Mathee et al. (2008) presented an inferred phylogenetic relationship generated from concatenating 1836 ORFs that are common to P. fluorescens and six strains of P. aeruginosa, showing that the multihost pathogen PA14 falls outside the main P. aeruginosa cluster. Within the main cluster, the relative distance between branch nodes also suggests significant evolutionary divergence among the remaining P. aeruginosa strains. It was suggested that this phylogenetic tree for the six P. aeruginosa strains is in agreement with their phenotypes and origins, and that PA14 and PA2192 may be phylogenetic outliers due to their larger genome sizes (Mathee et al., 2008); however, we consider this unlikely, given that the analysis was restricted to shared orthologous loci.

Mathee et al. (2008) also used a maximum parsimony method to infer phylogenetic relatedness based on concatenation of conserved genes. Comparing this tree with individual gene trees led to the selection of a list of 144 phylogenetically useful genes within the species that approximate the whole genome-based phylogeny. Importantly, this list lacks most of the genes commonly used in phylogenetic analyses including MLST, highlighting the potential improvements that can be generated using genome-based analyses (see supporting information in Mathee et al., 2008). The utility of the list for the broader genus remains to be determined, and should be tested using the 240 strains of diverse origin, which Wiehlmann et al. (2007b) show form two major and multiple minor clonal groups.

Bacterial species definition is a controversial subject (Staley et al., 2006). Mutations, inversions and acquisitions all act to muddle the various analyses and the borderline between species is particularly murky. DNA sequence analysis has helped to clarify phylogenetic relationships with MLST and multilocus sequence analysis (MLSA) providing strong discrimination. MLST uses four to 10 gene sequences and alleles are assigned numbers. If two strains have the same alleles for the gene set being used, then they are assigned to one sequence type (ST), whereas differences result in the assignment of unique STs; analysis of populations is then based on ST numbers. Conversely, MLSA uses the actual DNA sequences for phylogenetic analysis and it is considered more powerful for analysis of bacteria with less clearly defined species boundaries (Gevers et al., 2005; Almeida et al., 2010). Guttman et al. (2008) argue that MLST data based on housekeeping genes provide a strong phylogenetic signal allowing accurate construction of evolutionary relationships among pseudomonads. This may be true, given the relatively low frequency of recombination observed for housekeeping genes, but gene selection will have a major influence on the outcome because some genes are in linkage disequilibrium while other core genes appear to be freely recombining (Wiehlmann et al., 2007a). Genome sequences provide access to all housekeeping genes, and with the increased availability of draft genome sequences, it is probable that robust evolutionary models can be constructed. Constructing MLST-based trees based on genome sequence data will provide a key resource for assessing newly isolated pseudomonads. The growing number of genome sequences also makes it possible to sample more genes for their reliability in phylogenetic profiling, providing guidance to the Pseudomonas community, as was done with Escherichia coli (Konstantinidis et al., 2006). Average nucleotide identity (ANI) and average amino acid identity (AAI) use pairwise comparisons of isolates based on genes and proteins conserved between particular pairs to determine relationships. Using MLST, ANI and AAI, and a gene-independent analysis of dinucleotide composition, recent studies have directly examined the relatedness of different Pseudomonas spp (van Passel et al., 2006; Goris et al., 2007; Silby et al., 2009; Mulet et al., 2010). Collectively, these studies indicate that several species of Pseudomonas are close to or meet the current expectations of a bacterial species. However, in the case of P. syringae and P. fluorescens, the situation is less clear. Pseudomonas syringae sensu stricto refers to P. syringae pv. syringae, but the species designation has also been applied as a provisional solution to encompass all pathovars of the pathogen (Dye et al., 1980). Low DDH values between P. syringae strains led to the definition of nine genomospecies (Gardan et al., 1999). Moreover, it was shown that Pto DC3000 and Psy B728a had low DDH, ANI and AAI values below the species thresholds and therefore may not be part of the same species (Fig. 5, Goris et al., 2007; Konstantinidis & Tiedje, 2007), suggesting that strains classified as P. syringae should be regarded as part of a P. syringae species complex.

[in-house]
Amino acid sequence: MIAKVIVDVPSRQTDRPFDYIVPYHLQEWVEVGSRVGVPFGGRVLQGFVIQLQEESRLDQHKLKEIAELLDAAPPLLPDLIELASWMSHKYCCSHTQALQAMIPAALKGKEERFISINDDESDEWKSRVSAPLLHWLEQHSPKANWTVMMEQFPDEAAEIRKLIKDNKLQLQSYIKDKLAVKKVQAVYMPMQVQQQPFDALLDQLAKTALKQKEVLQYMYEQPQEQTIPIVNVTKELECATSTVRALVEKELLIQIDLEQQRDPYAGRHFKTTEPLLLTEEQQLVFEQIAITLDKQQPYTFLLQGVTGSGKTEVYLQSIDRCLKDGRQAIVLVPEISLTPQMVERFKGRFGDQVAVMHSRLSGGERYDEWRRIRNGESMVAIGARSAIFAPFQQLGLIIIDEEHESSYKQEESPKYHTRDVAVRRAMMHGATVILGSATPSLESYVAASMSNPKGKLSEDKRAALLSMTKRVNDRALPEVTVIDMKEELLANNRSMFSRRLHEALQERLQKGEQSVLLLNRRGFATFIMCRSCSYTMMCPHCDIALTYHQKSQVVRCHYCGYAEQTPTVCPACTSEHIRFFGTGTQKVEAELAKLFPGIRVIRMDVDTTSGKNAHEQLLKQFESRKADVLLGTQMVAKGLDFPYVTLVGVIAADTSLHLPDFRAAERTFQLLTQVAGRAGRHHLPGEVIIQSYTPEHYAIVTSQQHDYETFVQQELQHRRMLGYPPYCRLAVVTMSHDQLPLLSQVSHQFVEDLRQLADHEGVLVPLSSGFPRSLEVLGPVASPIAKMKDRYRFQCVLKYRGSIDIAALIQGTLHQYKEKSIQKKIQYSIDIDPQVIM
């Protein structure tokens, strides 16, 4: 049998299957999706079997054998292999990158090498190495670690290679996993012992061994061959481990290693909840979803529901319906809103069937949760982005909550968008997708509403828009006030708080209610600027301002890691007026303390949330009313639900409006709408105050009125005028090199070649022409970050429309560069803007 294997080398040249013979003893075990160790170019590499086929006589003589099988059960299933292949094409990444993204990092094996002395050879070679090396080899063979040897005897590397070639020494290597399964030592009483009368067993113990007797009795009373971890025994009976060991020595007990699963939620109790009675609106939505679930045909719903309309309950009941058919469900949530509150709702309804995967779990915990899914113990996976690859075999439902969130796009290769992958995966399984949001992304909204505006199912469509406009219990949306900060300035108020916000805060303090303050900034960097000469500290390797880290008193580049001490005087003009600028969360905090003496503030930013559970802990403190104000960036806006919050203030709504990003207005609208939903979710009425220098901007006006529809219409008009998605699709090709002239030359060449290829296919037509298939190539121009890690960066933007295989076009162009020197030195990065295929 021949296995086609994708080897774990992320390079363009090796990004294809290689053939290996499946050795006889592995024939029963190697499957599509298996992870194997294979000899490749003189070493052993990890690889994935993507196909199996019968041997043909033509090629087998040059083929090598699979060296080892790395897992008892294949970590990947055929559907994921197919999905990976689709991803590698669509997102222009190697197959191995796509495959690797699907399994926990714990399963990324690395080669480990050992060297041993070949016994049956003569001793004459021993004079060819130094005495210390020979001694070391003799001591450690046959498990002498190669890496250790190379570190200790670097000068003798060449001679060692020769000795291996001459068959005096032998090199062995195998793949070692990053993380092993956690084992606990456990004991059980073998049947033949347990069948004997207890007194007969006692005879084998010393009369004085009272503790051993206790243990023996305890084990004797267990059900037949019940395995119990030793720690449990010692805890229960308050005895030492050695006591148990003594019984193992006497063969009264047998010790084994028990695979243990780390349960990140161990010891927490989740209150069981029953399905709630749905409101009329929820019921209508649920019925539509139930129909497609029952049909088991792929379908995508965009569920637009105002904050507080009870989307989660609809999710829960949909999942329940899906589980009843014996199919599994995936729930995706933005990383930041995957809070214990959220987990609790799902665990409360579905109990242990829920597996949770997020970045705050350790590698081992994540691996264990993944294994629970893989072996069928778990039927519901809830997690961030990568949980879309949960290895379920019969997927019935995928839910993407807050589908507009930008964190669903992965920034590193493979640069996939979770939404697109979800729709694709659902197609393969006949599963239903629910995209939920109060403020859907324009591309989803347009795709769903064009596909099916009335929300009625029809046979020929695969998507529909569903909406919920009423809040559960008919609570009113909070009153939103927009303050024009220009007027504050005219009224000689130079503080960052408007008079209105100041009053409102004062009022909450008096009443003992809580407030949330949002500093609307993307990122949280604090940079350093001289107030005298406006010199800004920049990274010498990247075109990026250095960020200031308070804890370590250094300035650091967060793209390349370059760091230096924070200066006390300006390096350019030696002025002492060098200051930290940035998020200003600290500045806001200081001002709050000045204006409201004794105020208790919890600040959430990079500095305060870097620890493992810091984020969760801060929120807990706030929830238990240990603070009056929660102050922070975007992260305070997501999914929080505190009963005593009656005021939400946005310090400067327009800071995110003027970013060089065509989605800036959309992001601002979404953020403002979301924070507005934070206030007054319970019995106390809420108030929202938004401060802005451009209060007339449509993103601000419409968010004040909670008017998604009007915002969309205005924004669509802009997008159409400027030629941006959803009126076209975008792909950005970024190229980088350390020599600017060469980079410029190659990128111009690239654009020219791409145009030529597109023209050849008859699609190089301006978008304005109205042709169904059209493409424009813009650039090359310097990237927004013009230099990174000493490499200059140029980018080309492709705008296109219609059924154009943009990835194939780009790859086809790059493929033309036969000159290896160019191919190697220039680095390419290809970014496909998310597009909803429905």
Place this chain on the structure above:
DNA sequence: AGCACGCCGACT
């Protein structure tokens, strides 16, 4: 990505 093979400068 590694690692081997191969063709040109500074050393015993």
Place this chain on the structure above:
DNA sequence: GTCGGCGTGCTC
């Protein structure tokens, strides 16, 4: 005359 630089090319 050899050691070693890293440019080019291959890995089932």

Figure 5

AAI for pairs of Pseudomonas spp. While Pseudomonas fluorescens strains do not reach the species cutoff, they are more closely related than SBW25 is to PAO1. Genus and species boundaries are as defined (Konstantinidis & Tiedje, 2007).